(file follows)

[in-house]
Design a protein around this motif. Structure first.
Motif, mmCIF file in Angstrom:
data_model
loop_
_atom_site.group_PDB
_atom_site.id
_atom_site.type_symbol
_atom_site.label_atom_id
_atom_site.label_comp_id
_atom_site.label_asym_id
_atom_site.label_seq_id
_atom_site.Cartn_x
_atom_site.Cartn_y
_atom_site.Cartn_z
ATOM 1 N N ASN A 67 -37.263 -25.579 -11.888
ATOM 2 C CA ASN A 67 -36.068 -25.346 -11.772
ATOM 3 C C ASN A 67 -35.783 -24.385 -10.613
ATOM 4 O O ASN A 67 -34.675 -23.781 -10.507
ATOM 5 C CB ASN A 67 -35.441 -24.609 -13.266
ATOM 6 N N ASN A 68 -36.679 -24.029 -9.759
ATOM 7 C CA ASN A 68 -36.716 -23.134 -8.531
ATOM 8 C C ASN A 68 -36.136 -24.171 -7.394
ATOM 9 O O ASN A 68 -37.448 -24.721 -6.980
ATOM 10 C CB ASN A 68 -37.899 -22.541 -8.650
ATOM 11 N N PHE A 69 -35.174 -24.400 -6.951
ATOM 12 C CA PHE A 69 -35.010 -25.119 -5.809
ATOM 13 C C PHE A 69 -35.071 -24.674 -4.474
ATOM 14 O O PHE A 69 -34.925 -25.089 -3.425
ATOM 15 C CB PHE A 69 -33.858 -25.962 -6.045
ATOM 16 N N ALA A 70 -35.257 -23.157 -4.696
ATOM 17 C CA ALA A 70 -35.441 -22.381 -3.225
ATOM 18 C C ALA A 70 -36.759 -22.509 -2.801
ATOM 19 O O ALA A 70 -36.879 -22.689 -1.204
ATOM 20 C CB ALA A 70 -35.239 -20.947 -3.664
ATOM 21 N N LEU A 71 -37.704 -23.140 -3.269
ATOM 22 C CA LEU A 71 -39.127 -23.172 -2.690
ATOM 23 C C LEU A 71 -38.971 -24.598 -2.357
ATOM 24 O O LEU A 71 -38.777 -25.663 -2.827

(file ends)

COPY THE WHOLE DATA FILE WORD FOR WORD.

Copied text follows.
[in-house]
Design a protein around this motif. Structure first.
Motif, mmCIF file in Angstrom:
data_model
loop_
_atom_site.group_PDB
_atom_site.id
_atom_site.type_symbol
_atom_site.label_atom_id
_atom_site.label_comp_id
_atom_site.label_asym_id
_atom_site.label_seq_id
_atom_site.Cartn_x
_atom_site.Cartn_y
_atom_site.Cartn_z
ATOM 1 N N ASN A 67 -37.263 -25.579 -11.888
ATOM 2 C CA ASN A 67 -36.068 -25.346 -11.772
ATOM 3 C C ASN A 67 -35.783 -24.385 -10.613
ATOM 4 O O ASN A 67 -34.675 -23.781 -10.507
ATOM 5 C CB ASN A 67 -35.441 -24.609 -13.266
ATOM 6 N N ASN A 68 -36.679 -24.029 -9.759
ATOM 7 C CA ASN A 68 -36.716 -23.134 -8.531
ATOM 8 C C ASN A 68 -36.136 -24.171 -7.394
ATOM 9 O O ASN A 68 -37.448 -24.721 -6.980
ATOM 10 C CB ASN A 68 -37.899 -22.541 -8.650
ATOM 11 N N PHE A 69 -35.174 -24.400 -6.951
ATOM 12 C CA PHE A 69 -35.010 -25.119 -5.809
ATOM 13 C C PHE A 69 -35.071 -24.674 -4.474
ATOM 14 O O PHE A 69 -34.925 -25.089 -3.425
ATOM 15 C CB PHE A 69 -33.858 -25.962 -6.045
ATOM 16 N N ALA A 70 -35.257 -23.157 -4.696
ATOM 17 C CA ALA A 70 -35.441 -22.381 -3.225
ATOM 18 C C ALA A 70 -36.759 -22.509 -2.801
ATOM 19 O O ALA A 70 -36.879 -22.689 -1.204
ATOM 20 C CB ALA A 70 -35.239 -20.947 -3.664
ATOM 21 N N LEU A 71 -37.704 -23.140 -3.269
ATOM 22 C CA LEU A 71 -39.127 -23.172 -2.690
ATOM 23 C C LEU A 71 -38.971 -24.598 -2.357
ATOM 24 O O LEU A 71 -38.777 -25.663 -2.827